The House Ethics Committee is calling for a swift resolution to negotiations over how to change the system for reporting sexual harassment and other abusive workplace behavior on Capitol Hill, as months of delay threaten to push the debate into the next Congress.
With only a few working weeks left in the term, the 10 members of the Ethics Committee wrote to congressional leaders Monday to tout the House-passed reform bill and highlight the “overwhelming” bipartisan support in the lower chamber for changing the process for reporting misconduct.
“Members and employees alike should be able to work free from sexual harassment or discrimination of any kind. The American public must also have confidence that we in Congress not only view these issues with the seriousness they demand — but that we are taking action,” the committee’s letter stated.
“We believe that it is imperative that Congress act quickly to pass legislation to reform the Congressional Accountability Act that includes the critical provisions of the House legislation,” the letter said.
The two chambers failed to agree to a final reform bill before the midterm elections, further stalling an effort that has been in motion since the height of the #MeToo movement last year.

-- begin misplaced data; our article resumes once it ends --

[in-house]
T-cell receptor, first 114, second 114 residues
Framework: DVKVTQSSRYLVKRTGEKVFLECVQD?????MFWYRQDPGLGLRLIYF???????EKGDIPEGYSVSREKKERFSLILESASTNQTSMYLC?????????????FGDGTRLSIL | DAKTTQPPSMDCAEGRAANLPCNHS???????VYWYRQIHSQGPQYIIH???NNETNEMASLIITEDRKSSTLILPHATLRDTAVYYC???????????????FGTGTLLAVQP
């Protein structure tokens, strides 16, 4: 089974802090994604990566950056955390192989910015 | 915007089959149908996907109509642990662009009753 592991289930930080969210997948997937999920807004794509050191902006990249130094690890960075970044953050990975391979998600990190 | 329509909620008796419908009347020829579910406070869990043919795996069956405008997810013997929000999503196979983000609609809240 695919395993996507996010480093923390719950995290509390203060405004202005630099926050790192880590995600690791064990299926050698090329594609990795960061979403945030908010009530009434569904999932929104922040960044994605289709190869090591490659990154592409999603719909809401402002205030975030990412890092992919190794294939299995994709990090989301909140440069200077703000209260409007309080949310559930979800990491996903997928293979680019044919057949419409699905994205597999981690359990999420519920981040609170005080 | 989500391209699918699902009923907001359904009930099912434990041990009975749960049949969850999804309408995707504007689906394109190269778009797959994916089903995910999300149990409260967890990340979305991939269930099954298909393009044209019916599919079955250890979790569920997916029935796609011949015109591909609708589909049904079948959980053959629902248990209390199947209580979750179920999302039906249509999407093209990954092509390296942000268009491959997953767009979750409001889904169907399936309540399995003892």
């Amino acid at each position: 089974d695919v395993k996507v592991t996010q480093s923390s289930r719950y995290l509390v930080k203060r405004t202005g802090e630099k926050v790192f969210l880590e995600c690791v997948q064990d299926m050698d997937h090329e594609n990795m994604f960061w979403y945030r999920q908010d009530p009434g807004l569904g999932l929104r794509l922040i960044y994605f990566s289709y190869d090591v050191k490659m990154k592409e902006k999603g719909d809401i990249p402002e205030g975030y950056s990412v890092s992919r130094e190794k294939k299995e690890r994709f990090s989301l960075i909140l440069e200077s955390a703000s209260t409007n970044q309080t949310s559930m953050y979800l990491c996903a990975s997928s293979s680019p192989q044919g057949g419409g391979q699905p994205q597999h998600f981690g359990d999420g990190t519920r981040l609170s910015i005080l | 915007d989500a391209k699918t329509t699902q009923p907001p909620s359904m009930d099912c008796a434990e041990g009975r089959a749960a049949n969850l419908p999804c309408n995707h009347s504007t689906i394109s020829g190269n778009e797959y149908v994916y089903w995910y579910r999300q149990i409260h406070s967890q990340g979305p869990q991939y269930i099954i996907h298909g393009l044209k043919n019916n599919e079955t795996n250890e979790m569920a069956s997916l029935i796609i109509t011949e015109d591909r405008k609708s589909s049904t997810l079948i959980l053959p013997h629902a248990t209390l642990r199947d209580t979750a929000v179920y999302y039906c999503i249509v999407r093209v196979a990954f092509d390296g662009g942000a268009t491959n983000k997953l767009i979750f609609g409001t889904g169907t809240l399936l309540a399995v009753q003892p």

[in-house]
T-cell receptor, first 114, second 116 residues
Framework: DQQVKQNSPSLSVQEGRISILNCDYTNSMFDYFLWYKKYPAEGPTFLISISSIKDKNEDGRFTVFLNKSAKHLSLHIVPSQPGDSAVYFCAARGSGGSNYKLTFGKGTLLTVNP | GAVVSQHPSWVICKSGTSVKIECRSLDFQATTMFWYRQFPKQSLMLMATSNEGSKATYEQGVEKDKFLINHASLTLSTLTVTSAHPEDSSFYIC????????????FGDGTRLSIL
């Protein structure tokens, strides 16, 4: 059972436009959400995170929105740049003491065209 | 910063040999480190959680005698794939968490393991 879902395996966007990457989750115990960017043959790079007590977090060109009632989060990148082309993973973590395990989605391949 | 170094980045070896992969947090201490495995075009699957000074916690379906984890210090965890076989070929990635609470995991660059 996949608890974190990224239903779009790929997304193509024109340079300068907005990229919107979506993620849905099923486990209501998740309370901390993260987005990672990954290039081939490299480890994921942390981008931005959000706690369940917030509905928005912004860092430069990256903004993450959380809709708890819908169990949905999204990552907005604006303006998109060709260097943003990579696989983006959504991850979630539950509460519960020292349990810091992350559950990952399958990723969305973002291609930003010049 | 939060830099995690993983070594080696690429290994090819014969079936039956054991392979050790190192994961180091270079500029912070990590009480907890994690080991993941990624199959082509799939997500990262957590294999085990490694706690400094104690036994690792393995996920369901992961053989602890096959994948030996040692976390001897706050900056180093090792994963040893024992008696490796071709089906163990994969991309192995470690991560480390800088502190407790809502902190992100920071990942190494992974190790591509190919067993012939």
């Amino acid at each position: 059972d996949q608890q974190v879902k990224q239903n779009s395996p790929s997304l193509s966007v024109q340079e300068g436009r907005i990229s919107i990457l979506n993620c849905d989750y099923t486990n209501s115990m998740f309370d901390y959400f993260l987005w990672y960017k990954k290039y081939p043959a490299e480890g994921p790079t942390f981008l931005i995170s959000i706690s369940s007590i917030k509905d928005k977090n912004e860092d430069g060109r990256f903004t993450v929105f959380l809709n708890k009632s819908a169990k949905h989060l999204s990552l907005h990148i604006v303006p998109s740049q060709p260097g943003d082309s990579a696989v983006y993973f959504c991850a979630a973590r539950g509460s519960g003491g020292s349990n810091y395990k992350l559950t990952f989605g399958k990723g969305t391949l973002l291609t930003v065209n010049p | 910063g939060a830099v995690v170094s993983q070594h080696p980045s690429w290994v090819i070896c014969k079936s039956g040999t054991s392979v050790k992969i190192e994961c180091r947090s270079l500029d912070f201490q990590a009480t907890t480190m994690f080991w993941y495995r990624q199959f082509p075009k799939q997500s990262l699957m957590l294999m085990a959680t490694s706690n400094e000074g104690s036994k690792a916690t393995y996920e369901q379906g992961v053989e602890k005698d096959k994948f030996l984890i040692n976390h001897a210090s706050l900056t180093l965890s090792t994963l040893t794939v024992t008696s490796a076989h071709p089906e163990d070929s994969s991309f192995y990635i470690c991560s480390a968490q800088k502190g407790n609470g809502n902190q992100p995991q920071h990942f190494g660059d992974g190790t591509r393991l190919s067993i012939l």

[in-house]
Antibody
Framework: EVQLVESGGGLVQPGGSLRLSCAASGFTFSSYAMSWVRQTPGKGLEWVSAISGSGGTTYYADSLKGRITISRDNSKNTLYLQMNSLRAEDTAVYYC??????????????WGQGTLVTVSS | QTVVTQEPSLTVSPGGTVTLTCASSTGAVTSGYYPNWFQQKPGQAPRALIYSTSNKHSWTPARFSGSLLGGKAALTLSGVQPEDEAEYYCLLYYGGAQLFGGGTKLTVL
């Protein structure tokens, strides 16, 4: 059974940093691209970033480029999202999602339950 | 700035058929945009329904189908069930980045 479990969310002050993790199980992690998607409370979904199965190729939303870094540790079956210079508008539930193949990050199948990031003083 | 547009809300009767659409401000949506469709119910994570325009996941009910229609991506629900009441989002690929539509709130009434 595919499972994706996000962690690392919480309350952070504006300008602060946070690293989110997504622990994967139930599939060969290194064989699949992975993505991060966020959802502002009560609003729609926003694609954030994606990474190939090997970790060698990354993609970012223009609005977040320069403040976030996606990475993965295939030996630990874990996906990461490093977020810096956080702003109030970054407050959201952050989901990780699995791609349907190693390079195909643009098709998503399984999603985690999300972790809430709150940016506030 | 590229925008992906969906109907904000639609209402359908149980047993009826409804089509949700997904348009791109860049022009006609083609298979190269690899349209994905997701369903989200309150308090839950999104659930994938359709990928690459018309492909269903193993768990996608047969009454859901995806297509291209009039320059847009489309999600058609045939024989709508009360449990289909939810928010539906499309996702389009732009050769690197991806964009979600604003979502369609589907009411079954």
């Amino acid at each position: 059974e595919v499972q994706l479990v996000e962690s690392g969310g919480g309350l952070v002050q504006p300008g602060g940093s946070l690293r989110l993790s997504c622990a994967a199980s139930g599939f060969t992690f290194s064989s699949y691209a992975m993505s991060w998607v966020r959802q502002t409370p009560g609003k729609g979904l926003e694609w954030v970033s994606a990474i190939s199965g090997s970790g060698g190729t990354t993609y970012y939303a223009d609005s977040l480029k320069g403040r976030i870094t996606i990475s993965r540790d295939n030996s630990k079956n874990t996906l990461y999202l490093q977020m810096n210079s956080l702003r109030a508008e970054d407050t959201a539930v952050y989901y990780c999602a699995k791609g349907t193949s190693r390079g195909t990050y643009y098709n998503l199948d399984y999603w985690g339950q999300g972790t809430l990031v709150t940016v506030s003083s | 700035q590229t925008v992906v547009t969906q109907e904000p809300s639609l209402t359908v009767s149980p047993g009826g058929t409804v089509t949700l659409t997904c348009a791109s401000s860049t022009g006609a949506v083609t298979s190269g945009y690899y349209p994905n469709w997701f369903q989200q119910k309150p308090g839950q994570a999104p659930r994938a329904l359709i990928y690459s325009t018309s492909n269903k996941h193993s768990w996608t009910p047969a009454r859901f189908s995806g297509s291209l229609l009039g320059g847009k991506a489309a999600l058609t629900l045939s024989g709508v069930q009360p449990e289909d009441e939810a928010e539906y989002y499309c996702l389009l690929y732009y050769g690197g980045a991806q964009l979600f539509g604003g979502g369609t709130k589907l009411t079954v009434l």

Currently, the only recourse for congressional staffers facing workplace harassment or discrimination is a complex and widely criticized process that mandates counseling, mediation and “cooling off” periods for accusers and allows lawmakers to use public funds for confidential settlements.
The House and Senate passed separate reform bills this year and have been in negotiations since late spring on a compromise. Sticking points have included when lawmakers would be required to repay the Treasury Department for settlements, how claims would be investigated and what kind of free advice would be provided to accusers.
Under the House bill, accusers would receive free legal counsel during the reporting process, while under the Senate bill they would receive help from a “confidential adviser” who is barred from providing legal advice.
The House bill would end mandatory mediation, while the Senate bill would require accusers to opt out.
The measures also define harassment slightly differently, with the House bill referring simply to sexual harassment and the Senate using the phrase “unwelcome harassment.”
Senate Majority Leader Mitch McConnell (R-Ky.) has said the goal is a compromise in the next five weeks.
“I was talking to Senator [Amy] Klobuchar about that at length last night,” McConnell said last week of the Minnesota lawmaker, the top Democrat on the Rules Committee. “We’re working on getting that done before the end of the year.”